This trip to Manila’s ancient walled city will contextualise your entire trip to the Philippines …
To really understand the Philippines, you need to visit Intramuros. This trip to Manila’s walled city contextualises the entire country and will help you understand why the Philippines feels like the most un-Asian place in the region. Intramuros literally means ‘within the walls’ and during the half-day tour of this cultural landmark, you’ll trace our history, from native rulers to the Spanish and American eras and our eventual independence.
The tour starts with a brief stop at Rizal Park, where you’ll see a monument to our national hero, José Rizal, who was executed here by the Spanish in 1896. You’ll hear much more about Rizal later during the walking tour of Intramuros, which can also be conducted by bamboo bicycle if you prefer. We’ll then visit Fort Santiago, which is the site of an original wooden fort built by native rulers. The entire walled area spreads out from here and forms the city’s ancient cultural and political capital.
Fort Santiago sits at the mouth of the river, so it’s a great place to set the scene and talk about the Manila Acapulco Galleon trade. The fort has been used by every military force that’s taken control of the Philippines, including the Spanish, Americans and even the British for two years, which not many people know about. Guests are often bowled over by the fort’s shrine to José Rizal where you can see samples of his writing, which influenced so many Filipinos in the fight for independence.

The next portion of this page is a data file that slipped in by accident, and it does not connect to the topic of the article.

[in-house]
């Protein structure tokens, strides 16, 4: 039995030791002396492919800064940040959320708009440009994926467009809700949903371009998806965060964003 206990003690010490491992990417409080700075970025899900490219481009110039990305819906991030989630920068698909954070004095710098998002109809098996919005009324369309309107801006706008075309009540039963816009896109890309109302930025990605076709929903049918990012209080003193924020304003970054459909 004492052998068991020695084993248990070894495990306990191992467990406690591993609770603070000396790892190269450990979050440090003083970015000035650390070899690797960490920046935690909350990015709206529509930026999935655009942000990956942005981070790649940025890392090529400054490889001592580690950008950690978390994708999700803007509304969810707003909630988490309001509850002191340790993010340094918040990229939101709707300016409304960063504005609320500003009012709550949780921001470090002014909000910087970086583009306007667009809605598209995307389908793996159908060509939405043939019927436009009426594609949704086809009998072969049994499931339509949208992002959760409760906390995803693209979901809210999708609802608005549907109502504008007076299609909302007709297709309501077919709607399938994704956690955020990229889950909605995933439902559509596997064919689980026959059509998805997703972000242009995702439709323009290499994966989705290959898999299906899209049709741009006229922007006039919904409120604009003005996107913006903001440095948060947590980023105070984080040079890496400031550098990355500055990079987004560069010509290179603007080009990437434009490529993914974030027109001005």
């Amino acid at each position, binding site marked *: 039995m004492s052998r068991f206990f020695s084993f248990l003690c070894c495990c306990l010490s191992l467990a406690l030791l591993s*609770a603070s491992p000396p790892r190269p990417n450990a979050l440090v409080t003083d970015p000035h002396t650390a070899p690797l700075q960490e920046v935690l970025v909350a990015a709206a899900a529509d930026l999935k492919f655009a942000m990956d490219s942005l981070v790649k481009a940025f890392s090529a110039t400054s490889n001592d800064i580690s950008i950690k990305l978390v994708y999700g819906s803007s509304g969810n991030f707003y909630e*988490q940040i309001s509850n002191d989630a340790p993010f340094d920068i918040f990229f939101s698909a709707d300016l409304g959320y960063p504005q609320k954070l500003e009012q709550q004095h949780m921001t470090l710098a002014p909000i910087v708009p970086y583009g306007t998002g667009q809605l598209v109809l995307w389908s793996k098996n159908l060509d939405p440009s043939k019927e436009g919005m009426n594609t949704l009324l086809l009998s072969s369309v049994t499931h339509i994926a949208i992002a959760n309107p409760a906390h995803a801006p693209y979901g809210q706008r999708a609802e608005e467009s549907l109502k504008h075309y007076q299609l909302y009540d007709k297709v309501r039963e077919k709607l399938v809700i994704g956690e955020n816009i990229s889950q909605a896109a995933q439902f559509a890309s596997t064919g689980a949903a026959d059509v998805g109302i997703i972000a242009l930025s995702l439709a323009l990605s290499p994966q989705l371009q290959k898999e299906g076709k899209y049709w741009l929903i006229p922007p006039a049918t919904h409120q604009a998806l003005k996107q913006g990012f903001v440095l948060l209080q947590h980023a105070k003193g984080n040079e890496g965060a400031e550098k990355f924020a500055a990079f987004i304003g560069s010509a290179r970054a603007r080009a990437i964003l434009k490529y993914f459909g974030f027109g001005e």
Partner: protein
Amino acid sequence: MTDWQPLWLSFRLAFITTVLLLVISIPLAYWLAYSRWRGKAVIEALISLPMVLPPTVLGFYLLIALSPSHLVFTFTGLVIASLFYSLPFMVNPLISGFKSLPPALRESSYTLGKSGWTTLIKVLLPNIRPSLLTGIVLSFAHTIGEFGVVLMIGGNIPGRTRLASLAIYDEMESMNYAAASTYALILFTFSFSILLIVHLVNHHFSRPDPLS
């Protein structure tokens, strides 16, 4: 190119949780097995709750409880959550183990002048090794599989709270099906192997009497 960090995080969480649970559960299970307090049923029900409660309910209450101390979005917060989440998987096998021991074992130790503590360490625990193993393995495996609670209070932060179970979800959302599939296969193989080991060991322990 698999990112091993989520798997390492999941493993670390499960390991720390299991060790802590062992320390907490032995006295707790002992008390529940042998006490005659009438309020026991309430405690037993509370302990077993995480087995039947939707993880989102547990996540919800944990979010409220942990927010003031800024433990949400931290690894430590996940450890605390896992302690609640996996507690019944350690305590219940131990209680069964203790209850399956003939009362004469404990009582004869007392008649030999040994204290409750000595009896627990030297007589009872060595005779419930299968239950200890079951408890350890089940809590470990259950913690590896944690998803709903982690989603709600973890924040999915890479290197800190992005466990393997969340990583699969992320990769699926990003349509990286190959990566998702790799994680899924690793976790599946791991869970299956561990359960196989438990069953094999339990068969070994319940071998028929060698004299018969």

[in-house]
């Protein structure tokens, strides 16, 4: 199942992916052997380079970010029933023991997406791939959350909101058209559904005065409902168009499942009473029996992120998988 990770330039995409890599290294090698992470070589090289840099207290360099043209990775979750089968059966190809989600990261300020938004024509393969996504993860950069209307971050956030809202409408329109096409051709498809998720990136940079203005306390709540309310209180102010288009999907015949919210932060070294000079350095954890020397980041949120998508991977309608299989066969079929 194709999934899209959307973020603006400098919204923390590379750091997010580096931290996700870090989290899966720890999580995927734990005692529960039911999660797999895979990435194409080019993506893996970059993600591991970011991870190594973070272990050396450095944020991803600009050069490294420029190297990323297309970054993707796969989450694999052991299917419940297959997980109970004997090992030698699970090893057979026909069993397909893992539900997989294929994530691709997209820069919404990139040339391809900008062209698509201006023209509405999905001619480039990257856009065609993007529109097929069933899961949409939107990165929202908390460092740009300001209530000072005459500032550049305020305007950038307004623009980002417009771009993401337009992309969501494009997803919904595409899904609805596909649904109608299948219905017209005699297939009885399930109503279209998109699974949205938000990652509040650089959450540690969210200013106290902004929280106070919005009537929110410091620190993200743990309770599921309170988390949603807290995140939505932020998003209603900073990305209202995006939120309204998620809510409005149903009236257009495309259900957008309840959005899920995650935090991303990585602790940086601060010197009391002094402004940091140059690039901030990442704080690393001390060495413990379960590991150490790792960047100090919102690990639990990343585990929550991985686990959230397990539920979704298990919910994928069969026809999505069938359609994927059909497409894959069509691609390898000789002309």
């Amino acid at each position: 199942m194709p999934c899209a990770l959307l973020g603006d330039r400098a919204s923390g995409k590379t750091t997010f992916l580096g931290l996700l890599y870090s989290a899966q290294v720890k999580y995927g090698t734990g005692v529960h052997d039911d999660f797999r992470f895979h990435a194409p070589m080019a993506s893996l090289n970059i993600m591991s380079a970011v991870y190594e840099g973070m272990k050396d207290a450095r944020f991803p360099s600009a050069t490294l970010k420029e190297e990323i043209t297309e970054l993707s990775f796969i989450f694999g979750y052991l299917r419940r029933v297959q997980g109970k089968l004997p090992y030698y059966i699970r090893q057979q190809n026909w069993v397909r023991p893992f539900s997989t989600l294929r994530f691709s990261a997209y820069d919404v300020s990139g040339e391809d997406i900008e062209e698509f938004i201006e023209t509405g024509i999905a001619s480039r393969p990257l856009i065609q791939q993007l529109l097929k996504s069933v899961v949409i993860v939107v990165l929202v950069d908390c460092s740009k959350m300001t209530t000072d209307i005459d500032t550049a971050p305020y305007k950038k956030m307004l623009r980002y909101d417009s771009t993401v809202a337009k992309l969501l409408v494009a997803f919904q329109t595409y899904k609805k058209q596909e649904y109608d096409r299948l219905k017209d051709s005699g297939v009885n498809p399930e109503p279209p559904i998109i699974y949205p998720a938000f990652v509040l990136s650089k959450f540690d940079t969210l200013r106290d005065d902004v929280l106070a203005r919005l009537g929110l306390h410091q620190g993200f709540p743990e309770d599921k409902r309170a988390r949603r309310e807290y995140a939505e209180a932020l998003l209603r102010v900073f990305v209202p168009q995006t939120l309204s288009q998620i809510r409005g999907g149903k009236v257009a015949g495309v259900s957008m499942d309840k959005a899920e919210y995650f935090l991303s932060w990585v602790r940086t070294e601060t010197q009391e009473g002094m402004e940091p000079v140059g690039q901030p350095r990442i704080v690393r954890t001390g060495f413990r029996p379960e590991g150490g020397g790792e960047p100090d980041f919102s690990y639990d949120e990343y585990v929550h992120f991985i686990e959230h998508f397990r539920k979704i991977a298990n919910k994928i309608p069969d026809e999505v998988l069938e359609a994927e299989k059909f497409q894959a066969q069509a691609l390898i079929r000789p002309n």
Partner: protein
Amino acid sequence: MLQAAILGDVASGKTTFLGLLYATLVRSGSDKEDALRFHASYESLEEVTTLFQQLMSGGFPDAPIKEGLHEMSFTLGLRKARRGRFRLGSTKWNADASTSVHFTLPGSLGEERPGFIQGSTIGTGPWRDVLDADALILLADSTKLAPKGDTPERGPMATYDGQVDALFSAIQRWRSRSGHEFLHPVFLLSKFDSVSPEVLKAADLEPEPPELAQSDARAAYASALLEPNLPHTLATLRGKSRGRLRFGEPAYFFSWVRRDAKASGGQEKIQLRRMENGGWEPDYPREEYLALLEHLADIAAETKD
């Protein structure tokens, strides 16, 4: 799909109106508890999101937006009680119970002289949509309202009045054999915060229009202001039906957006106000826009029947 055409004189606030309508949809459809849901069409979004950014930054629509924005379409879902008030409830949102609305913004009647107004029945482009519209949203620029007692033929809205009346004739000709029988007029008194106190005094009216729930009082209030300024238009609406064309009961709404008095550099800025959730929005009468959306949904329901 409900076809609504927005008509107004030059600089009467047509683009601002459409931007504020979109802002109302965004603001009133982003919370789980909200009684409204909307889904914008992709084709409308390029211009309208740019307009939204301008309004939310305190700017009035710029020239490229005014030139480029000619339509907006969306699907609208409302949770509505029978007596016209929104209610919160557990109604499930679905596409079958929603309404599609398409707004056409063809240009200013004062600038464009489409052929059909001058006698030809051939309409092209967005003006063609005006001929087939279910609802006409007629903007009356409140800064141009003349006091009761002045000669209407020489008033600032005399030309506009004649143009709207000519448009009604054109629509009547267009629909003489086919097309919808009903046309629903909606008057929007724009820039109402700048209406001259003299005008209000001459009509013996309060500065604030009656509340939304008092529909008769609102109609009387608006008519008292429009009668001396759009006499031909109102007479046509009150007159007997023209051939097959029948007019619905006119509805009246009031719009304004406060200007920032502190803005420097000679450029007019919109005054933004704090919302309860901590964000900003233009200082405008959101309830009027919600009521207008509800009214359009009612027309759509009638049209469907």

A highlight of the tour is visiting San Augustine Church, a UNESCO site and the only physical structure that wasn’t completely destroyed during the bombing of Manila. It’s the perfect point to talk about the Philippines’ deep Catholic roots, which you’ll notice when you travel around the country. There are plenty of stories to tell here, including how the British looted San Augustine’s treasures and the signing of the Paris Treaty in 1898, whereby the Spanish ‘gave’ the country to America as part of the spoils of war.
We continue with a walk around Baluarte de Dilao, the reconstructed ramparts of Intramuros, which feature old Spanish cannons. At the Chinese Gate, we’ll talk about the merchants from China who emigrated to Manila and how they influenced our culture; you can even spot sprawling Chinatown from Fort Santiago. If we have time, there are additional museums to visit including Casa Manila, a preserved 19th century house, before the tour ends with lunch at a local restaurant.